Looking Towards the Future of Contemporary Art in Jacksonville: An Interview with Marcelle Polednik
ArtDistricts, April/May2012

Florida Exhibit Showcases Significant Renaissance and Baroque Art
“Offering of the Angels”
ArtDistricts, April/May 2012

Francesco Simeti at Vizcaya Museum & Gardens in Miami
Knight Arts Blog, April 5, 2012

Botticelli in Your Own Backyard
Botticelli in Your Backyard by Jenifer Mangione Vogt | Ambassador| National Italian American Foundation
Ambassador: The Magazine of the National Italian American Foundation, Spring 2012

VIP Art Fair: E-commerce comes to the Salon
Palm Beach ArtsPaper, Feb 29, 2012

Through One Collector’s Eyes: A Conversation with Martin Margulies
ArtDistricts, Feb/March, 2012

Koch’s collection an unequaled Western treasure trove
Palm Beach ArtsPaper, February 13, 2012

The art of anxiety: Dana Schutz’s disturbing visions
Palm Beach ArtsPaper, February 4, 2012

Artist Saville makes beauty out of flesh
Palm Beach ArtsPaper, January 29, 2012

Illustration show at Four Arts also chronicles shift in national identity
Palm Beach ArtsPaper, January 6, 2012

NADA’s collaborative style proves boon for new art, audiences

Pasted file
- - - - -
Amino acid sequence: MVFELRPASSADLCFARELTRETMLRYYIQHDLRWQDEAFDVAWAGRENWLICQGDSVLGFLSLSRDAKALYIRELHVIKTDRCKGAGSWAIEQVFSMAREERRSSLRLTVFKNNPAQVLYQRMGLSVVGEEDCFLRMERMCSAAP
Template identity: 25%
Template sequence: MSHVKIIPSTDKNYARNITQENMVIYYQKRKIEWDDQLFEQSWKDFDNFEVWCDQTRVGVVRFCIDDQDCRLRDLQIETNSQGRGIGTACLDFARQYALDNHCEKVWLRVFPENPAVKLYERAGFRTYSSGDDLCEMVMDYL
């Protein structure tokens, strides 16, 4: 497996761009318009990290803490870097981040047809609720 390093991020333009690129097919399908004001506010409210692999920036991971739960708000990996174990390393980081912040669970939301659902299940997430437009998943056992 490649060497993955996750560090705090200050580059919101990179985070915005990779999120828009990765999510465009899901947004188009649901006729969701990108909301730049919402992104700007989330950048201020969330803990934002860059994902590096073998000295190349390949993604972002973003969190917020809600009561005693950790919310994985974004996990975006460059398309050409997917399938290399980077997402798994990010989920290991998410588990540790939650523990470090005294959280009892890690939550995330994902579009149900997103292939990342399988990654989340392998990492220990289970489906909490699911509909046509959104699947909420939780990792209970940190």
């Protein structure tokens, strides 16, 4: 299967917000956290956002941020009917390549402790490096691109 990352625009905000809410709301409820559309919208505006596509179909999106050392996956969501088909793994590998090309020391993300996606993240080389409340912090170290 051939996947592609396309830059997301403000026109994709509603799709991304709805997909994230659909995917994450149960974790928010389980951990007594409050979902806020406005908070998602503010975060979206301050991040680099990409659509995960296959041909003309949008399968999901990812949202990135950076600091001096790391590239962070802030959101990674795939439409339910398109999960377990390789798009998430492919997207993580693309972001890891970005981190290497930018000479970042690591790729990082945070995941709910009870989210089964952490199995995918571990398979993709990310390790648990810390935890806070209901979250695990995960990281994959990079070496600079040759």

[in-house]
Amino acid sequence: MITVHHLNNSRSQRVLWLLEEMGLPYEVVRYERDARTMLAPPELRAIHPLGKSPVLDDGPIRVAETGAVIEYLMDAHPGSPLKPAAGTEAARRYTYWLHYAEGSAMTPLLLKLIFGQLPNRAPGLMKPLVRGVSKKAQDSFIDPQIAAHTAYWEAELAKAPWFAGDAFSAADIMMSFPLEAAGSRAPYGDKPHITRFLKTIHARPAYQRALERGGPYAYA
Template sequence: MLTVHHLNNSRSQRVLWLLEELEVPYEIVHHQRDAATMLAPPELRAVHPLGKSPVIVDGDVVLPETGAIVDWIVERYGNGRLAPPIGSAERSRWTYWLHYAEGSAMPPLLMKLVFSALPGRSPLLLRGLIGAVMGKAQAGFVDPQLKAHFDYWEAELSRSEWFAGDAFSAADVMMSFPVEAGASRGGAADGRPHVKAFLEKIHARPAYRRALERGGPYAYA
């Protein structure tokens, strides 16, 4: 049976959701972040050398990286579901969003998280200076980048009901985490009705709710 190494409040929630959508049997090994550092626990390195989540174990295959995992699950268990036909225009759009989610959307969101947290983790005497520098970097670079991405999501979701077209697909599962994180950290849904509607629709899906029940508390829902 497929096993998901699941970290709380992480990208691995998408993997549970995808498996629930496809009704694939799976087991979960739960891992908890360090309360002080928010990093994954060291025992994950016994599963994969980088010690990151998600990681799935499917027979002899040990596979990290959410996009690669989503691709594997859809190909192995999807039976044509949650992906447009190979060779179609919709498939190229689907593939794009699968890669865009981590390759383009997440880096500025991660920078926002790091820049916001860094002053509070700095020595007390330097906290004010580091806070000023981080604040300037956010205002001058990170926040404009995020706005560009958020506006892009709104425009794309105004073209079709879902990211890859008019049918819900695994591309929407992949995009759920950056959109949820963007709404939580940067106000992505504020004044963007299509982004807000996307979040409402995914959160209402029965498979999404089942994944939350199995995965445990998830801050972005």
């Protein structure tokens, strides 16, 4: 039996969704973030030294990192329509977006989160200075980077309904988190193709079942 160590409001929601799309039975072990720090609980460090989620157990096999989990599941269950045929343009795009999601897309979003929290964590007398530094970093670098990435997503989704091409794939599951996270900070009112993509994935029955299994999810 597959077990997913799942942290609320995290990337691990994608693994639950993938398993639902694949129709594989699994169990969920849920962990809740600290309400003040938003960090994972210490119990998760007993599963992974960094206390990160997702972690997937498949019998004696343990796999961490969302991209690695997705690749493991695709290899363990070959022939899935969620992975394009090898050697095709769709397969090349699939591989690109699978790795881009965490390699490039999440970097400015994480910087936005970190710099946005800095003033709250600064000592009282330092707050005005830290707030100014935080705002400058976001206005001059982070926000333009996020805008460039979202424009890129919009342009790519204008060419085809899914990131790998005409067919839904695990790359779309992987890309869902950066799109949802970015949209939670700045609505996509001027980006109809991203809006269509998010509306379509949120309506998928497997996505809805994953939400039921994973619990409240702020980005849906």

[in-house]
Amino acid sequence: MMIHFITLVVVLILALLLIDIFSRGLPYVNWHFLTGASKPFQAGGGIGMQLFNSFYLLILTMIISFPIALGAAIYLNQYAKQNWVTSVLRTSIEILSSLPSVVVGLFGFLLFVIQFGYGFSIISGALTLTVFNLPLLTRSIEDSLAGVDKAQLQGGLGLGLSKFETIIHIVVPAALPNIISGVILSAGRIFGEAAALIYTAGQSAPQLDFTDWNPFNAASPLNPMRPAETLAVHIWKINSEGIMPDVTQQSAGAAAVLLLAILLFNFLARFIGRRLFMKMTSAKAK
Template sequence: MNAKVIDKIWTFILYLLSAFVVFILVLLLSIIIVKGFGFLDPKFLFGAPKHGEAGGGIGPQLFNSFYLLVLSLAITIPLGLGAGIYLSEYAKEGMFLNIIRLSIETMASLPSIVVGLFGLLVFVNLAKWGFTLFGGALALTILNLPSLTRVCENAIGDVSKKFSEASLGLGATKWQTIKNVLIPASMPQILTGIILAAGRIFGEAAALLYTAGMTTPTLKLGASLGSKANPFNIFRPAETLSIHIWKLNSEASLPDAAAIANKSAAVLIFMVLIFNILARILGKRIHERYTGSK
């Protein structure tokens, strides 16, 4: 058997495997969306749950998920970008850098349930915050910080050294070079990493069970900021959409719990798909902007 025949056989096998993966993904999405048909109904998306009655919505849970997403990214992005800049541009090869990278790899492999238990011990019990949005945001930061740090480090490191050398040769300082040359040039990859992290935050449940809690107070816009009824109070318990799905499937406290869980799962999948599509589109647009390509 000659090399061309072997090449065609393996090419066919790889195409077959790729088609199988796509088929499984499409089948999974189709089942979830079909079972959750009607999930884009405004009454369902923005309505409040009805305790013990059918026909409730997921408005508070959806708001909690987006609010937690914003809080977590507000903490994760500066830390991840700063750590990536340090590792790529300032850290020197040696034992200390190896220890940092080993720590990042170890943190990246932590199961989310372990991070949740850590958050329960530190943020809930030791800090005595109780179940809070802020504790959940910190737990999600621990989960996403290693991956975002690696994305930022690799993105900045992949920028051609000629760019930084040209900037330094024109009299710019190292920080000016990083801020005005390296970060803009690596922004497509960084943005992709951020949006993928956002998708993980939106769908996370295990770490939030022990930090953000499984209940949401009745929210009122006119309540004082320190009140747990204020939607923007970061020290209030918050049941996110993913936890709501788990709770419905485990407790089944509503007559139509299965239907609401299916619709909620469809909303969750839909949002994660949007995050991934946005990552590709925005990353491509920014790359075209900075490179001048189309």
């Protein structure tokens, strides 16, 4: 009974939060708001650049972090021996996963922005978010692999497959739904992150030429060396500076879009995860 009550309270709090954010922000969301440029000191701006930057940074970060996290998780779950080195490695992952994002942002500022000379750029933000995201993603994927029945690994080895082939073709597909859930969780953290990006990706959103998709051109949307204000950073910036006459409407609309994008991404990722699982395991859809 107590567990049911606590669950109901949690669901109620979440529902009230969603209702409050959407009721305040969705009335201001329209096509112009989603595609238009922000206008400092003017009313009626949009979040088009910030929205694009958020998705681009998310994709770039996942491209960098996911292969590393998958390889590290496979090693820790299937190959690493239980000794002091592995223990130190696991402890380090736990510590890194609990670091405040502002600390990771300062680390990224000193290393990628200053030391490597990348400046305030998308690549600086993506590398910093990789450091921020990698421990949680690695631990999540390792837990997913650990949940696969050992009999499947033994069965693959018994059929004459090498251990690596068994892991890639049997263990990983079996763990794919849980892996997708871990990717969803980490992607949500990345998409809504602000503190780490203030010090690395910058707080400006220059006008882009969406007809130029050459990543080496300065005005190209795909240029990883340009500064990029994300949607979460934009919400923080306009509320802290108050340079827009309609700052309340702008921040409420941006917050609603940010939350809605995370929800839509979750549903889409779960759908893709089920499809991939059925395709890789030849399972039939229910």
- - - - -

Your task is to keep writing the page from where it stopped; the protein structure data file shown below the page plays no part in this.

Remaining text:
Palm Beach ArtsPaper, December 19, 2011

Noteworthy exhibits and events surround 10th edition of Art Basel Miami Beach
2011 Miami Art Week Preview
ArtDistricts, December 2011

Zadok exhibits complement Miami Art Week
Zadok Gallery Article
ArtDistricts, December 2011

The weight of Maurizio Cattelan’s “All”
Italian New York, November 28, 2011

Whitespace: A space where life meets art and talent emerges
Art Districts, October/November 2011

Photo Salon show offers fresh take on Florida views
Palm Beach ArtsPaper, October 2011

Norton Museum of Art unveils congenial set of changes
Palm Beach ArtsPaper, October 2011

Boca Raton museum director looks to community for inspiration
ArtDistricts Magazine, August/September 2011

‘Pop-up’ show reveals health of area contemporary art scene
Palm Beach ArtsPaper, June 2011

Vickrey’s world too fragile for the real one
Palm Beach ArtsPaper, June 2011

Writing poetry with his camera lens
Italian South Florida, May 2011

Hudson River painters captured glory of a rising nation
Palm Beach ArtsPaper, March 2011

Fine art fair draws different crowd to the Convention Center
Palm Beach ArtsPaper, February 2011

California Impressionists captured optimistic moment in time
Palm Beach ArtsPaper, February 2011

Art Palm Beach offers trip down rabbit hole into art Wonderland
Palm Beach ArtsPaper, January 2011

Art fairs bring aesthetics, learning to Palm Beach
Palm Beach ArtsPaper, January 2011

Art world converges on Miami Beach for Art Basel ‘party’
Palm Beach ArtsPaper, November 2010

For Adami, everything is allegory
Palm Beach ArtsPaper, November 2010

Boxer exhibit shows painter’s love affair with abstraction
Palm Beach ArtsPaper, May 2010

Norton’s contemporary art deserves its own space
Palm Beach ArtsPaper, March 2010

Exhibit of works on paper shows another side of Cassatt
Palm Beach ArtsPaper, February 2010

Erbe show offers reminders – good and bad – of bygone America–-good-and-bad-–-of-bygone-America.html
Palm Beach ArtsPaper, September 2009